Hello! I thought it would be a bit misleading to call this a ‘Tea of the Week’ since it’s been a very long time since I did a tea review. But here we are 🙂 and I actually have a new tea to review!
Source: I was sent this tea, for free, via the blog. First time that’s ever happened! Tea India are launching in the UK and I guess they’re looking for general publicity and stuff. They sent me this as well as one of their chais, which I will be reviewing sometime in the not-too-distant future.
The tea, as might be expected, purports to come from India. There’s not a lot of information on the box though – just that it has a high Assam content. Ingredients list says “100% Black Tea” which is accurate but not enlightening.
I haven’t actually managed to find out how much this costs (partly because ‘tea India’ is not a great brand name for search term purposes). Update 2/11/12: £2.59 for 80 bags. It’s apparently available in some Tesco and Booths stores. I’m guessing from that that it’s going to be a range where 40 teabags costs you £1-£3, but that’s only a guess.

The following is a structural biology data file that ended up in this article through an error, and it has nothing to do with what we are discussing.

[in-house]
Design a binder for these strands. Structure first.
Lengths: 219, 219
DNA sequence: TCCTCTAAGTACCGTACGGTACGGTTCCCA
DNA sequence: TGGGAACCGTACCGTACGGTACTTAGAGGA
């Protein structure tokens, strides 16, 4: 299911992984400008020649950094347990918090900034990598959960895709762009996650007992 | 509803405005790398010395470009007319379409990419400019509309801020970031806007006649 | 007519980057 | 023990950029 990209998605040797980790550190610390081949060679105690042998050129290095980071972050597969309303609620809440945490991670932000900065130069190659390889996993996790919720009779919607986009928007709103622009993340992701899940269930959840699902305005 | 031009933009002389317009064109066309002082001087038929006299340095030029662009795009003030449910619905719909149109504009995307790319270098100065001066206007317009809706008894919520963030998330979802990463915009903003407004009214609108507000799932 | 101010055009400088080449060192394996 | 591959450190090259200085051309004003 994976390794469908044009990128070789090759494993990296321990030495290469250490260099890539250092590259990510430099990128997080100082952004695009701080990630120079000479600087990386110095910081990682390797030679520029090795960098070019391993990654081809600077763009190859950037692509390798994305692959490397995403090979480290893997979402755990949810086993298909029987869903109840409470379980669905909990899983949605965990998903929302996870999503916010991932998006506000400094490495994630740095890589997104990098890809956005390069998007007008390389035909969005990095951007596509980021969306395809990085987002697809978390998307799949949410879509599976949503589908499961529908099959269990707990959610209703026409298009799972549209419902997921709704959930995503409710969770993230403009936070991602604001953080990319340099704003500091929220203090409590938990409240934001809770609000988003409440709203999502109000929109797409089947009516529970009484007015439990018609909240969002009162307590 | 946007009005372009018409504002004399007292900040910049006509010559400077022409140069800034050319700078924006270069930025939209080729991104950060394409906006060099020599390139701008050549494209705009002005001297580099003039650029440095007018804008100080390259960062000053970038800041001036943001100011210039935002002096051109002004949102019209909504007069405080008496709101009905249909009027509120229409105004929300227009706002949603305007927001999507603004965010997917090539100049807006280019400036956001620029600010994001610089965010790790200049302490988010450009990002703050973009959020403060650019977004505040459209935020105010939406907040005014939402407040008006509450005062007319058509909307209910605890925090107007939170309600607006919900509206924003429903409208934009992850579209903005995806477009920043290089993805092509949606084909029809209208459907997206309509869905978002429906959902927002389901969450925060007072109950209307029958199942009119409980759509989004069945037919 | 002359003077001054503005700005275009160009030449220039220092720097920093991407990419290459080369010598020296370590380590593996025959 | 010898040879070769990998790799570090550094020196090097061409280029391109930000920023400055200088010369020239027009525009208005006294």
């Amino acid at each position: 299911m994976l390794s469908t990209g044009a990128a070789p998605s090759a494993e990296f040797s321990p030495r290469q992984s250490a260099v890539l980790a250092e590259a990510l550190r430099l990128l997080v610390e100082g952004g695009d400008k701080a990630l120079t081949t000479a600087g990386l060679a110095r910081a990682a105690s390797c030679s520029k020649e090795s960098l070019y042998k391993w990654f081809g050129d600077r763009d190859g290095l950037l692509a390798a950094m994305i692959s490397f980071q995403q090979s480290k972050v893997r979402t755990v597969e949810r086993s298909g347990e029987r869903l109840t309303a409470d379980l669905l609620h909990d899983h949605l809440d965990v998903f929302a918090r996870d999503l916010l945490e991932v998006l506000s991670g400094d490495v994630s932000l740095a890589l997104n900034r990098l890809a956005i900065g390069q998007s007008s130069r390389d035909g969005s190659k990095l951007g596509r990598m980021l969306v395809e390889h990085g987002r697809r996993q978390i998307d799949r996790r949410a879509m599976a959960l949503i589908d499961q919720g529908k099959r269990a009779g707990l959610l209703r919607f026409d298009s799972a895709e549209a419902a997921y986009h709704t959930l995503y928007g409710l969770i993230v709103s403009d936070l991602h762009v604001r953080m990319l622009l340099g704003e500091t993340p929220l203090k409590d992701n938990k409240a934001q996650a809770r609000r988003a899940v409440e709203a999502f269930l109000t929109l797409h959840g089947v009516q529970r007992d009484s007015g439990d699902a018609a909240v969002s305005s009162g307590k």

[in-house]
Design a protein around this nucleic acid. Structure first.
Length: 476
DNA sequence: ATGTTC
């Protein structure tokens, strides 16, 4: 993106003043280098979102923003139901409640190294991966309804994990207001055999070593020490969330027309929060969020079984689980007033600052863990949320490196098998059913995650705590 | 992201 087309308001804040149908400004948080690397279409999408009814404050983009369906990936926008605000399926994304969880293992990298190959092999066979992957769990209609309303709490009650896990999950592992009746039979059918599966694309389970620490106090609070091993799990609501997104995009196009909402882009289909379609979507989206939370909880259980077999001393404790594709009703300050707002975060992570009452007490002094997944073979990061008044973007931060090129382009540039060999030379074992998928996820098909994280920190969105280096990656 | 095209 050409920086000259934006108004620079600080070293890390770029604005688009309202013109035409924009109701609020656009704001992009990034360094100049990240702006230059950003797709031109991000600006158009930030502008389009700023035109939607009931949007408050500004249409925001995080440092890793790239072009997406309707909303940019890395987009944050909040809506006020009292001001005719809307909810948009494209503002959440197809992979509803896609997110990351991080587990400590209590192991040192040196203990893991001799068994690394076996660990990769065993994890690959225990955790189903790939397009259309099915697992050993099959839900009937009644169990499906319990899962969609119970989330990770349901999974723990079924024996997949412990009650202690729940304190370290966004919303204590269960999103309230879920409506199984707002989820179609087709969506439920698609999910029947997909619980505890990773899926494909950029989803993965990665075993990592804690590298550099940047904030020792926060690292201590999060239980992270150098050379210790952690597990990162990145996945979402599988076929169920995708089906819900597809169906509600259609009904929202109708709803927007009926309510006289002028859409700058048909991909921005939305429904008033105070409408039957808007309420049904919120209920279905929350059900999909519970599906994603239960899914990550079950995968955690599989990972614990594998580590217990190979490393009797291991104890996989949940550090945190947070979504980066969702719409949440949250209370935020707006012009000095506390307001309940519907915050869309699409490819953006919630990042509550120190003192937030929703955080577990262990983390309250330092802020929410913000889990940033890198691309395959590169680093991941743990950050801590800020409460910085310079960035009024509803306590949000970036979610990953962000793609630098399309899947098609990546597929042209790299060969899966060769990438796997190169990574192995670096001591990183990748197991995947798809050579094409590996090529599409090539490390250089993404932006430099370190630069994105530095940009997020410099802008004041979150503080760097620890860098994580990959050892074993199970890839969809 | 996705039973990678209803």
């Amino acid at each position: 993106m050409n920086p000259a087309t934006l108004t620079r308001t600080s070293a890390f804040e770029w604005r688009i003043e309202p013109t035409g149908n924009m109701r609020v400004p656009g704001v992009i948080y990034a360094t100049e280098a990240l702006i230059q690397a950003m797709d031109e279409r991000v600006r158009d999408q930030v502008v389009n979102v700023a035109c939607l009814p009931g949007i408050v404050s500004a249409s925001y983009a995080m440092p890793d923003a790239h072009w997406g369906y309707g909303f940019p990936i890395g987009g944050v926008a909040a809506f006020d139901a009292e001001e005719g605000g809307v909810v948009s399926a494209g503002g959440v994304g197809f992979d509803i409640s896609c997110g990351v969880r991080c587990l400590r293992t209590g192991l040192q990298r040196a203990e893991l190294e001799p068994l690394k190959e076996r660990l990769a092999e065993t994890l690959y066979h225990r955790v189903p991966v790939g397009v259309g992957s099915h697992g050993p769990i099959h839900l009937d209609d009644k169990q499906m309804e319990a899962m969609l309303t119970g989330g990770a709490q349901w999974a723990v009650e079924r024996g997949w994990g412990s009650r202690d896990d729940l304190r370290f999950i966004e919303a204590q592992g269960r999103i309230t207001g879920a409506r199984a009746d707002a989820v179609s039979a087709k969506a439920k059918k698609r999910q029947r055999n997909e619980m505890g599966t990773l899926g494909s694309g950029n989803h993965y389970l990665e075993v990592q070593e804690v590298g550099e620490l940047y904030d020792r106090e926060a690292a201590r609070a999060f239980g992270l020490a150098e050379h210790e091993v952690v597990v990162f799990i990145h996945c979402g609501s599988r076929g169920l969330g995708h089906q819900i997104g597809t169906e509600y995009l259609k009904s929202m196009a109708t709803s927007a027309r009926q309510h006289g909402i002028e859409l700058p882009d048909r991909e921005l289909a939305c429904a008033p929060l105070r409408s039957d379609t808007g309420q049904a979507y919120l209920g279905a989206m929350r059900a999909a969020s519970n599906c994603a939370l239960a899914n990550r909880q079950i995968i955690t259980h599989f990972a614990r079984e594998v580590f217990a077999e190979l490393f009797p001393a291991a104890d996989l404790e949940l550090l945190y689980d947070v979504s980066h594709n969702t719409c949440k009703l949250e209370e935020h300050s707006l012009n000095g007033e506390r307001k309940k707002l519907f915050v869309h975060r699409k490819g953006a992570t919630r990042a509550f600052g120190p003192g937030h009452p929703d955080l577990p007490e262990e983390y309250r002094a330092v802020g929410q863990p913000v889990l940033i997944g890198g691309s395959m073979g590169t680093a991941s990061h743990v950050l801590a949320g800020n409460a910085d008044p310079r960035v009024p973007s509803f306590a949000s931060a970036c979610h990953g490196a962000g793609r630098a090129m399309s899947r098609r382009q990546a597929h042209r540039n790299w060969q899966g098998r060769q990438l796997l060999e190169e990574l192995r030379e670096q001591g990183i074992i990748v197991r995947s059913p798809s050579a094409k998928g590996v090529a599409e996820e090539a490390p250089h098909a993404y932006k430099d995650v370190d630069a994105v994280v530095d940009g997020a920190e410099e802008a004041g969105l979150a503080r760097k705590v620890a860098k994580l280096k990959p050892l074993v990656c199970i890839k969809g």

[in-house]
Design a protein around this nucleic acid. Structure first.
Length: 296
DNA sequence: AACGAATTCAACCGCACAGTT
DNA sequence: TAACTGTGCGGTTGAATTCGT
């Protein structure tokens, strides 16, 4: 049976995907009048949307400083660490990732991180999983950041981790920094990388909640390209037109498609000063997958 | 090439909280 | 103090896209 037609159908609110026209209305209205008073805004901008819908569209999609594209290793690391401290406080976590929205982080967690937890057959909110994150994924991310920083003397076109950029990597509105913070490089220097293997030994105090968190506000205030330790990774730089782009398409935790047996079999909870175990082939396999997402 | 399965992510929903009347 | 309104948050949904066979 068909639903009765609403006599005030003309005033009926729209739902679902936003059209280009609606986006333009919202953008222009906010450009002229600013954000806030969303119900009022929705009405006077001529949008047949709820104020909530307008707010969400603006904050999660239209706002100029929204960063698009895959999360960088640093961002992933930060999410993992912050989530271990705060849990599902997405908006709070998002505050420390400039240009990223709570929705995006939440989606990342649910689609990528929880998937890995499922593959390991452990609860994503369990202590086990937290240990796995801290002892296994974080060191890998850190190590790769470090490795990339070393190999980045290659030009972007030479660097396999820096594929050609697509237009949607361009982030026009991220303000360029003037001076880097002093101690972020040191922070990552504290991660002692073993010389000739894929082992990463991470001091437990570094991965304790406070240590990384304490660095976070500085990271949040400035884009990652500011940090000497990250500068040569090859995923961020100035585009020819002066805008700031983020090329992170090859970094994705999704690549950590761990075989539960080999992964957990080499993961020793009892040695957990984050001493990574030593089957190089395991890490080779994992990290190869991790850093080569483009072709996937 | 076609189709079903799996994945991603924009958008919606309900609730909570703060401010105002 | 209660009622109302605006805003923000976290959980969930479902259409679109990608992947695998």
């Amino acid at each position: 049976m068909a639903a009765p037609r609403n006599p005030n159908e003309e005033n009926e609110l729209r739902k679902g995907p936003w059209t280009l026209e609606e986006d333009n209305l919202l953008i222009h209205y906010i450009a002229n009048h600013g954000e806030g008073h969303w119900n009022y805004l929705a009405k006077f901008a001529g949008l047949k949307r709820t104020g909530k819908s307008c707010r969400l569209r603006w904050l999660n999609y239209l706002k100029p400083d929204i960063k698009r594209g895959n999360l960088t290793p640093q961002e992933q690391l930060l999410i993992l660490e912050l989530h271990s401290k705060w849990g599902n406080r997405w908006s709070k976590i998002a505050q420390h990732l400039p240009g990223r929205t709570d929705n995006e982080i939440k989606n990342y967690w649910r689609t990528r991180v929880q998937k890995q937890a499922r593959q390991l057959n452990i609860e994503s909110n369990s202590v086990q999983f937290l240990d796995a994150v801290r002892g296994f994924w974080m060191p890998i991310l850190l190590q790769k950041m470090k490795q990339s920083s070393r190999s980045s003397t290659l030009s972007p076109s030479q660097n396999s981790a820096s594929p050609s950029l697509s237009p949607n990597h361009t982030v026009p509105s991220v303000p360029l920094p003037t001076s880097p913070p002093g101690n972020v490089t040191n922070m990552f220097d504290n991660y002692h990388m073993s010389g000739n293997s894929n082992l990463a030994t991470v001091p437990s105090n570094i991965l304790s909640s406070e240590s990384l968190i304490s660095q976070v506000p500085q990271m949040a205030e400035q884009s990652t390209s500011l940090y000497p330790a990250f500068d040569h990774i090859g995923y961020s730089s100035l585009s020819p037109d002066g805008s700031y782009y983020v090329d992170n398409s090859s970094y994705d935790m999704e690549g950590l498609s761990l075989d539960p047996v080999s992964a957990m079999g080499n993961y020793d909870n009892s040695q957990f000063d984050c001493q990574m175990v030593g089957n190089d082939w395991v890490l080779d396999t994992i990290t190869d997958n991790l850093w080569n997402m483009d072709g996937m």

No information. I did specifically ask about ethics in an email, but haven’t received anything back (and I know they’ve read the email as it was the one saying “here is the address at which to send me tea, please :)”).See end of post for update. No mention anywhere on the packaging about ethics/workers/fairtrade/community projects/other certification/etc.
Brewing instructions: The box says boiling water, 3-5 minutes, and I agree :). 3 minutes works well for me. I also think that this tea is nice enough to drink without milk (which certainly isn’t true of all teas aimed at the ‘everyday’ market) – although I prefer it with milk so have only had the odd sip without.
Appearance: Before adding milk – a lovely reddish mahogany colour which is tricky to photograph! After adding milk, it loses any distinctiveness and just looks like, well, normal tea. But then, nearly every black tea does that.
Nose: (before adding milk) rich, malty. Like Assam … but slightly less so.